One way to reduce the inhibiting practices induced by skepticism is by applying a methodical risk assessment system for deciding how a suspect area should be dealt with. Risk assessment is a tool used to make qualified decisions about how to optimize the use of scarce resources. Risk assessment provides the basis for determining the risk involved in certain processes and justification for the actions that have been undertaken. It can be used to assess factors of machine deployment and the roles machines fulfill. A proper risk assessment could be used to stimulate thinking into the greater use of machines based on the concept of reliability of a particular system and the probability of UXO presence in clearance tasks. Risk assessment is a combination of analysis and evaluation that may lead to a risk reduction and a reduced clearance requirement.
Currently, identified minefields are cleared with the intention of achieving 100-percent clearance. Potentially, depending on future debate, measurement and management of risk could be viewed as being determined by local tolerance and acceptance of risk. Disciplined and methodical approaches to risk assessment will strongly influence operating procedures and desired clearance outcomes in a demining task. Impact and probability of an accident should be considered. A focus on impact alone, however, may lead to clearance standards that are unduly restrictive or prohibitive (i.e., tasks take too long). The extremes of clearance requirements for a particular community could range from full clearance to only area reduction. The application of risk management theory to demining and especially wider employment of mechanical systems could result in increased safety (due to a greater number of tasks being completed), productivity and cost-effectiveness.
Machines could be well employed to provide information about a minefield prior to clearance. Rather than assuming that all suspect land requires full clearance, information gained from machines could be used to estimate the risk of mines being present. From this data, follow-up clearance can be formulated to the requirements of each situation. Follow-up can be based on information available concerning risks remaining after a machine has been deployed. This process is seldom put into practice today.
Limited research has been conducted as to the reliability of mechanical systems to clear mines. However, empirical evidence has shown that in many cases machine capabilities are high. A standardized, higher quality of clearance data for machines will aid the build-up of empirical information in order to gain a more accurate picture of mechanical system efficacy. Records regarding mechanical systems’ effects on mines by type, at what depth and in what condition (if not detonated) they were found by follow-up clearance methods. A definition as to what constitutes a “broken-up” mine—no longer a hazard—needs to be established. There may be circumstances where broken-up ordnance can be left in situ as long as fuse mechanisms have been neutralized. Exposed explosive material left behind can naturally deteriorate through weathering.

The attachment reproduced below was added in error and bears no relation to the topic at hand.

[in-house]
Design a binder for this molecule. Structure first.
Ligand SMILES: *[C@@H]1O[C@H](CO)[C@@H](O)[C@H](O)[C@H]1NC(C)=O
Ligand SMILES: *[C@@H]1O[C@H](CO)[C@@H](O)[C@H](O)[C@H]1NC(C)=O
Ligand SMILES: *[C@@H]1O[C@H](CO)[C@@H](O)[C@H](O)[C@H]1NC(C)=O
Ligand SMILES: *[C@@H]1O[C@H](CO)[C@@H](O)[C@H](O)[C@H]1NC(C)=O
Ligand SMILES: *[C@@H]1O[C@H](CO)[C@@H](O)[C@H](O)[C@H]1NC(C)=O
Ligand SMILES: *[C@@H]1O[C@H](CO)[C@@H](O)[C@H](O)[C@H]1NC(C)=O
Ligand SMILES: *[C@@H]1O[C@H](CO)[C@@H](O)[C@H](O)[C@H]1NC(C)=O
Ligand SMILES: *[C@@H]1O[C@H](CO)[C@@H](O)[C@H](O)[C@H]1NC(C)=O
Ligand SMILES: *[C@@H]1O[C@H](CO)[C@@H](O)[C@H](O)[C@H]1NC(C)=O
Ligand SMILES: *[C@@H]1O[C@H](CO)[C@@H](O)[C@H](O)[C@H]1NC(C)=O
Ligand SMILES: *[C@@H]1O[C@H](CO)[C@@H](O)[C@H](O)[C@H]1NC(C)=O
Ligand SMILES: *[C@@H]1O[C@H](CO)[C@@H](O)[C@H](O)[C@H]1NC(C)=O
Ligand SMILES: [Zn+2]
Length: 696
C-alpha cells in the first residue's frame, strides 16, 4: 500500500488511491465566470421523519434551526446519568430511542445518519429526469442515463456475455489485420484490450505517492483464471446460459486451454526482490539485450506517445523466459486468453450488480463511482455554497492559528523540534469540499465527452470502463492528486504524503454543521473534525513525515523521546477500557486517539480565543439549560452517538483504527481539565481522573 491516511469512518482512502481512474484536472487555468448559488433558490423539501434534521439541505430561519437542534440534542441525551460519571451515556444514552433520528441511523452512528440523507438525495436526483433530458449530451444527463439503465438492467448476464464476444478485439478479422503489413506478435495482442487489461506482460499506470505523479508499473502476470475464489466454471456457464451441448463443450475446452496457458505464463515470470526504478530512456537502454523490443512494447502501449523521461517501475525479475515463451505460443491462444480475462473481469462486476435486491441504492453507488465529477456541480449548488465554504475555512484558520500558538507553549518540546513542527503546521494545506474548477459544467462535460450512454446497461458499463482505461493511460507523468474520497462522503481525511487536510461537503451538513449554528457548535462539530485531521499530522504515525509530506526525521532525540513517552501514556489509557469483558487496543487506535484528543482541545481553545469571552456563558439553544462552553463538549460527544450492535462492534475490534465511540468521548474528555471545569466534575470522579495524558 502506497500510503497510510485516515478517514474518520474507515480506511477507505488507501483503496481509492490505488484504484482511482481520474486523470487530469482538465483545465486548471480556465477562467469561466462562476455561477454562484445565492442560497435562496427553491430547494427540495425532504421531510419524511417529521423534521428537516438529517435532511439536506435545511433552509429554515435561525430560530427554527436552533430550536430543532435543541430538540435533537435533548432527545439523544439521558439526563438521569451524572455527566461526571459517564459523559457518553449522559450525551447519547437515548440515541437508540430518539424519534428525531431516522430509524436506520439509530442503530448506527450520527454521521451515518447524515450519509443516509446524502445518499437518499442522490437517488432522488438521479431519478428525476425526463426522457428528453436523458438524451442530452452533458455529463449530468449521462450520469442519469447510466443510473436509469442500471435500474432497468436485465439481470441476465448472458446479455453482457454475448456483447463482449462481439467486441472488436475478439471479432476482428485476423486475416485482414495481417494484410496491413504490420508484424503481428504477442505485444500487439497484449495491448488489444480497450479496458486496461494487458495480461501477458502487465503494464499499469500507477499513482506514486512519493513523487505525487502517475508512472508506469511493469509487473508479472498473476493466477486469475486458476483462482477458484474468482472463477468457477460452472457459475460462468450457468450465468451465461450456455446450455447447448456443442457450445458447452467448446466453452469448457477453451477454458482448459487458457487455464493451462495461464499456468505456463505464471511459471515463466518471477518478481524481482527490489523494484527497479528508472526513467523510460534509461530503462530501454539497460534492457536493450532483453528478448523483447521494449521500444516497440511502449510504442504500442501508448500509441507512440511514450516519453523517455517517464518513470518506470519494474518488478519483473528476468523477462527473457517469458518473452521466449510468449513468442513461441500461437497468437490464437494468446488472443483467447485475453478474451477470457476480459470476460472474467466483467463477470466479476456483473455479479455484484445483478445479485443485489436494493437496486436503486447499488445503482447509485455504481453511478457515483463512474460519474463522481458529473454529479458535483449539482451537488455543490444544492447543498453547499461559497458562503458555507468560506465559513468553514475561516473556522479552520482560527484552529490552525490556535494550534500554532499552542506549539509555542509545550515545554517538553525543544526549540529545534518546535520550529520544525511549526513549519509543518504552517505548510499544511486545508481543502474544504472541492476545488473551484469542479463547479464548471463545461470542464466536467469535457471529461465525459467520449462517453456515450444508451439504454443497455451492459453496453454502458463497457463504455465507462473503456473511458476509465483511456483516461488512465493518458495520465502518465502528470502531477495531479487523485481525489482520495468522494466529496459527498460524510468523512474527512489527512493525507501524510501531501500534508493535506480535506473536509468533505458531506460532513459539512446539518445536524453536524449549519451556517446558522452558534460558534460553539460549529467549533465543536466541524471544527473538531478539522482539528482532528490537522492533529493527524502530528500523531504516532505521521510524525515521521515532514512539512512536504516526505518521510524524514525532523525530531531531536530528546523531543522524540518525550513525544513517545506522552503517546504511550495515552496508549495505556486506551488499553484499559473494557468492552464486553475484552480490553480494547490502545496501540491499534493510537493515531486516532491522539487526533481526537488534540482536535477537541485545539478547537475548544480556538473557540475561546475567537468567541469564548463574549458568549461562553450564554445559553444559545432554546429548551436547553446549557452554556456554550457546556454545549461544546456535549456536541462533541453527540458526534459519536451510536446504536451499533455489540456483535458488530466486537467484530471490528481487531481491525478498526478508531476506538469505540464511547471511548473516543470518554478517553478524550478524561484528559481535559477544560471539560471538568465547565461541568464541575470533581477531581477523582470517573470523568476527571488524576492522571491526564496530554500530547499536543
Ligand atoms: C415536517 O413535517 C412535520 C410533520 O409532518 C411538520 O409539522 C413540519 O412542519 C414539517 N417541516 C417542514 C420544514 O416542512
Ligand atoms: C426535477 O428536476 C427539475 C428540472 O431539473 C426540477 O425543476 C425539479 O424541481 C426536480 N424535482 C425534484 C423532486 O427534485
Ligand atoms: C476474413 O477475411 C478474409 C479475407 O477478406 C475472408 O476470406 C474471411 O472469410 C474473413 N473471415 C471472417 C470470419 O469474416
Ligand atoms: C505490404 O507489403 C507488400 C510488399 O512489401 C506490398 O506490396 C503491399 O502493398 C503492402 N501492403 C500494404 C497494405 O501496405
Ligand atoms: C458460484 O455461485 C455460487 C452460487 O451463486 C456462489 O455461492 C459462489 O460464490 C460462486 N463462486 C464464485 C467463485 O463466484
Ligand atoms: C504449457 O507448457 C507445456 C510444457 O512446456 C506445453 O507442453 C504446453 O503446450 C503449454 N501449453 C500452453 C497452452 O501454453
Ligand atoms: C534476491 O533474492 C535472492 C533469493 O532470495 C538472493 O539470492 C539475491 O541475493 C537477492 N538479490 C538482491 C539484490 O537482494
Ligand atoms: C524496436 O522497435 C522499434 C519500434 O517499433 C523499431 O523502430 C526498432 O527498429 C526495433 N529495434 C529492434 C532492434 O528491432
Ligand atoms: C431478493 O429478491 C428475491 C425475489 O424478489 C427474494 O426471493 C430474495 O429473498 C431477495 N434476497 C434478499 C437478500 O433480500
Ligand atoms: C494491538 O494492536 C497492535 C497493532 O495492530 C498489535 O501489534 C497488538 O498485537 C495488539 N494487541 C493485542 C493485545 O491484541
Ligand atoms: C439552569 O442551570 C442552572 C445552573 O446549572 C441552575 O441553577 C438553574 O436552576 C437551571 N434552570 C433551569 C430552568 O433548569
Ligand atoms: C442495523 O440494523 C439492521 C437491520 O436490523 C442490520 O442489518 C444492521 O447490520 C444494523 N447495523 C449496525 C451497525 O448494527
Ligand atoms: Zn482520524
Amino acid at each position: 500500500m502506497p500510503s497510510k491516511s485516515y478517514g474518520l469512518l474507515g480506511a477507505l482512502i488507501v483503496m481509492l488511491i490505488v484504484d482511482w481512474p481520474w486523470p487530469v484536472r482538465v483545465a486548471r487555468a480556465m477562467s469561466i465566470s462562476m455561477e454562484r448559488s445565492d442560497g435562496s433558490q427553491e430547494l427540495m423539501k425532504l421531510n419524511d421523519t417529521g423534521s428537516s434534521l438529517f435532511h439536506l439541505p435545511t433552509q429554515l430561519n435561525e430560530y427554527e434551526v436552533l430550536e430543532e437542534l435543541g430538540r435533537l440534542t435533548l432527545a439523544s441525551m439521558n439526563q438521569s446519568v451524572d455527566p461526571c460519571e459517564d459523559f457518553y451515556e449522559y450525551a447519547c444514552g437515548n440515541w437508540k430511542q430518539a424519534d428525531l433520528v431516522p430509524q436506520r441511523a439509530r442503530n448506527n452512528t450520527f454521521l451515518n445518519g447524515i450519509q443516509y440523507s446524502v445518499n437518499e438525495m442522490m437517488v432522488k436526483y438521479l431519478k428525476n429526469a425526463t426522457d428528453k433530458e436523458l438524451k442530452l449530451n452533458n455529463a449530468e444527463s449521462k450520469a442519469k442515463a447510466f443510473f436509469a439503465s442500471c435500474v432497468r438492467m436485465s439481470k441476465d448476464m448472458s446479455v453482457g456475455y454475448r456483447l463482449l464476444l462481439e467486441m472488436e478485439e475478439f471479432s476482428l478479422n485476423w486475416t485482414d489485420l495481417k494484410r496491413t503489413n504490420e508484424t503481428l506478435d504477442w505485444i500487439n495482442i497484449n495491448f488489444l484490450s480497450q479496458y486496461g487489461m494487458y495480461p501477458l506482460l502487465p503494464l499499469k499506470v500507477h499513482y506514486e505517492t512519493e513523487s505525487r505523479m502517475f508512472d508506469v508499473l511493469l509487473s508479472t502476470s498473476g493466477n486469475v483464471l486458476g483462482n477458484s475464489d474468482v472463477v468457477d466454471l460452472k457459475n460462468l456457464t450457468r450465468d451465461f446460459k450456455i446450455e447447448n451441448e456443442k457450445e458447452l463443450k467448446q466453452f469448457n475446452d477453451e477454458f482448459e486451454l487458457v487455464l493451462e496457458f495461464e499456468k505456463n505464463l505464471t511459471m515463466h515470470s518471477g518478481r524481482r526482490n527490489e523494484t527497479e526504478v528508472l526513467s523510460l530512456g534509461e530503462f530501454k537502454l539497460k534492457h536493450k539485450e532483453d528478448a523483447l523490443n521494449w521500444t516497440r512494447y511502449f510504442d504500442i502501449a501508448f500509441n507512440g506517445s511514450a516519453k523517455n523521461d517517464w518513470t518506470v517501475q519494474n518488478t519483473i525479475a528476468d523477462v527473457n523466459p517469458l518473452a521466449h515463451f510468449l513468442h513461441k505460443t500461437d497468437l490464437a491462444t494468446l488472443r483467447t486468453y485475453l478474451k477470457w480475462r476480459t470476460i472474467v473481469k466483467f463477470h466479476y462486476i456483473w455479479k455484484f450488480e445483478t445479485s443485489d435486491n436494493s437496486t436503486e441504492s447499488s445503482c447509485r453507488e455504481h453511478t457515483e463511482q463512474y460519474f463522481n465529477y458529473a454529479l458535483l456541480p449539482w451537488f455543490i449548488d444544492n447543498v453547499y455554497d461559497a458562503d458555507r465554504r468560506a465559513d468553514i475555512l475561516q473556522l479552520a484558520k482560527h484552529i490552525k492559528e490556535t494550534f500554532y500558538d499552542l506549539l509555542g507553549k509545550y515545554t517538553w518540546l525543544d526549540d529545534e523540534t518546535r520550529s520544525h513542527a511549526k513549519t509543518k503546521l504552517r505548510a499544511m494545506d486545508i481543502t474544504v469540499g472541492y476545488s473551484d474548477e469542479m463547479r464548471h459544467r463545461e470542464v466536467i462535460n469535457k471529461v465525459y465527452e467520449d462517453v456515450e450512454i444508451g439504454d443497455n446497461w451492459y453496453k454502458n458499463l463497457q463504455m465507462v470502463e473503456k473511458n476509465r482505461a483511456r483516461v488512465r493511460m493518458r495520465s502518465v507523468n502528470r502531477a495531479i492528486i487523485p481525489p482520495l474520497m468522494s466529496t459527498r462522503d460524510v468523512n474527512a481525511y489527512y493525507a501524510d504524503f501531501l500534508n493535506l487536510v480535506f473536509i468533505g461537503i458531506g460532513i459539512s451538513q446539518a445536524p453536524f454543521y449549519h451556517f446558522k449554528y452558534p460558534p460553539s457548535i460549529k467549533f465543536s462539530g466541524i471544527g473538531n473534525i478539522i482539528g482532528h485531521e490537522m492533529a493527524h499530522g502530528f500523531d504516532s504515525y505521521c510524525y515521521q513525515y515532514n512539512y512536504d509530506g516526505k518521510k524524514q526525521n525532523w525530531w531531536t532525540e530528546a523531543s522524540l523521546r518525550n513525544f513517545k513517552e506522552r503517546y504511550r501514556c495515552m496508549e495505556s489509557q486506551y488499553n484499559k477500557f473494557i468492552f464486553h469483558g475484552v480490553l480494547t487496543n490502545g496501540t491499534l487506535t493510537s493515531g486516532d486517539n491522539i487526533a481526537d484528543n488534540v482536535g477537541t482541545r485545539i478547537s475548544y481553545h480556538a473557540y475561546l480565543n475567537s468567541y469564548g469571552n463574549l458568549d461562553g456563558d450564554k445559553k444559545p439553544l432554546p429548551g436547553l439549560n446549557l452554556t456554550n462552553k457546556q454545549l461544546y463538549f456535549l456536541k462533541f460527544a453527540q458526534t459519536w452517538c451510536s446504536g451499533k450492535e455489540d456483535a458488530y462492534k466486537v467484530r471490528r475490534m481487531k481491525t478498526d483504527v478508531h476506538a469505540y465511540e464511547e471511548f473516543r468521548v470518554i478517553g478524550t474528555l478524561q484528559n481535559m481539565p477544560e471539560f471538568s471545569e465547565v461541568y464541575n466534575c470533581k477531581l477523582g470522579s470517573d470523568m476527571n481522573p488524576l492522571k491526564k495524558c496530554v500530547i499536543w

Tolerable risk criteria can be established prior to clearance activities. This occurred in Kosovo where high-risk areas were identified and targeted. Suspect areas that did not represent a direct risk to communities were deemed tolerable and left for the national clearance agency to deal with at a future date.
Demining machines have already established respected credentials as ground preparation tools for manual and MDD demining methods. Three main scenarios for ground preparation exist. The removal of vegetation and tripwire threats generally involves two types of machines: non-intrusive machines, which operate from previously cleared lanes using commercial bush-cutters attached to hydraulic arms that extend to cut vegetation in uncleared areas, and intrusive machines, which include small, remote-controlled machines specially designed for vegetation cutting from within uncleared areas. This level of ground preparation brings limited benefits to manual and MDD team demining. Intrusive machines can support more deminers than non-intrusive machines, but both are highly dependent on their association with follow-up clearance and the distance between demining lanes.
Moving up the scale is the removal of vegetation and tripwire threat, plus a ground-penetrating tool to break up soil. This method often involves flail- and tiller-type tools attached to armored prime-movers that operate by remote control or are operator-driven from within uncleared areas (intrusive). This offers a marked improvement in the benefits brought to manual and MDD teams. According to tests carried out by the GICHD, the speed of manual excavation of metal signals is significantly increased. Turning over soil may allow dogs to work the ground for longer periods in theatres where winter hinders their deployment. Machines that carryout these types of ground preparation are always intrusive.